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#33 Cap'n Piranha

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Posted 12 May 2020 - 11:01 AM

 

Are the owners going to share extra revenue with players when they get more? Of course not. The players should get their pro rated salary. Nothing less.

 

Are the players going to give back salary when revenue goes down?Of course not.Contracts were signed, and they should be honored, except for in those circumstances, like this one, where extraordinary circumstances make normal operations impossible.If games are played without fans, but the players are unwilling to make salary concessions, they are asking the owners to forgo tens of millions in revenue--of course the owners are going to balk at that.What other business would keep it's highest cost active while giving up it's 2nd largest revenue stream?

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#34 Hosken Bombo Disco

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Posted 12 May 2020 - 11:46 AM

Are the players going to give back salary when revenue goes down?Of course not.Contracts were signed, and they should be honored, except for in those circumstances, like this one, where extraordinary circumstances make normal operations impossible.If games are played without fans, but the players are unwilling to make salary concessions, they are asking the owners to forgo tens of millions in revenue--of course the owners are going to balk at that.What other business would keep it's highest cost active while giving up it's 2nd largest revenue stream?

I do see your point of view. But then part of me wonders, because these are extraordinary circumstances to say the least, why cannot owners absorb their share of the pain here, for just 2020, then deal with 2021 when that time comes.
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#35 Tomj14

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Posted 12 May 2020 - 12:22 PM

 

I do see your point of view. But then part of me wonders, because these are extraordinary circumstances to say the least, why cannot owners absorb their share of the pain here, for just 2020, then deal with 2021 when that time comes.

aren't the owners already but not having revenues by not having fans? and possibly paying up to 50 players?

 

 

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#36 Vanimal46

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Posted 12 May 2020 - 12:52 PM

aren't the owners already but not having revenues by not having fans? and possibly paying up to 50 players?


If there’s one subgroup of people who can handle that loss, it’s billionaire owners of sports teams.
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#37 Hosken Bombo Disco

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Posted 12 May 2020 - 12:53 PM

aren't the owners already but not having revenues by not having fans? and possibly paying up to 50 players?

The owners are taking a bath—of course they are. The players haven’t been paid yet, except for the token amount offered after the season was suspended, in exchange for pro-rated full salaries once the season resumed. That’s my understanding. Like another poster said above, we don’t really know the fine details.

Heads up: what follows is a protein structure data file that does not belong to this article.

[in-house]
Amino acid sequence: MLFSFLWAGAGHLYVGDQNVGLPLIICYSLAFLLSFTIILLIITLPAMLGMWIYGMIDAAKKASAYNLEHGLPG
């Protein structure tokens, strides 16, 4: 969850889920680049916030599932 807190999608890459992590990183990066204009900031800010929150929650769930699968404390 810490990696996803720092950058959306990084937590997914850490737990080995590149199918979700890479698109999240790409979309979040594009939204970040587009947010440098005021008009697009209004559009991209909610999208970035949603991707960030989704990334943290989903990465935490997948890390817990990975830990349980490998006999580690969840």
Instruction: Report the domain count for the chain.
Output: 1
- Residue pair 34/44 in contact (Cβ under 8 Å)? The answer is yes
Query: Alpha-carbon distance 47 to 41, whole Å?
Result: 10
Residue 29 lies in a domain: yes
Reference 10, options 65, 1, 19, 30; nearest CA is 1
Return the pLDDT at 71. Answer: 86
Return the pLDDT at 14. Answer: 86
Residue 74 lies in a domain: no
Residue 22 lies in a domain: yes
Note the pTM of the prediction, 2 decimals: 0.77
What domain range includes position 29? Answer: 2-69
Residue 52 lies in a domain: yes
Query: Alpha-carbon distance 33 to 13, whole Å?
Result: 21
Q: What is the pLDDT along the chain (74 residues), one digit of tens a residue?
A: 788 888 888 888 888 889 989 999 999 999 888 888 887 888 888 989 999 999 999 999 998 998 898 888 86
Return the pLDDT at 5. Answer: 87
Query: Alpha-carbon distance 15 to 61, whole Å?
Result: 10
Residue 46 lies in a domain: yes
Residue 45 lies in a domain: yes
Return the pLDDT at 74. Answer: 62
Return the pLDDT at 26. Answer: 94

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#38 Tomj14

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Posted 12 May 2020 - 01:33 PM

 

If there’s one subgroup of people who can handle that loss, it’s billionaire owners of sports teams.

When we ask all owners of businesses are held to this standard I will hold baseball owners.

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#39 Mike Sixel

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Posted 12 May 2020 - 01:48 PM

 

When we ask all owners of businesses are held to this standard I will hold baseball owners.

 

How do you feel about tax subsidies for ballparks? same as other businesses? And, in theory, that IS the standard other businesses are held to. They own capital, and make more money when there is more revenue, and less money when there is less revenue. I'm guessing most people that are still employed by huge corporations that have hundreds of millions in revenue aren't taking pay cuts beyond having their hours cut.......

 

They have a contract. They agreed to pro-rate salaries in March. They now don't want to honor that agreement. 

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It's been a fun year so far, GO Twins. 


#40 Tomj14

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Posted 12 May 2020 - 01:59 PM

 

How do you feel about tax subsidies for ballparks? same as other businesses? And, in theory, that IS the standard other businesses are held to. They own capital, and make more money when there is more revenue, and less money when there is less revenue. I'm guessing most people that are still employed by huge corporations that have hundreds of millions in revenue aren't taking pay cuts beyond having their hours cut.......

 

They have a contract. They agreed to pro-rate salaries in March. They now don't want to honor that agreement. 

funny the Mayo clinic did sweeping pay cuts and furloughs (https://www.mprnews....-cuts-furloughs)

I am pretty sure the Mayo gets tax subsidies as well.

 

Of course I am bias because I don't think any pro sports should be playing if the amateurs and kids aren't allowed to play.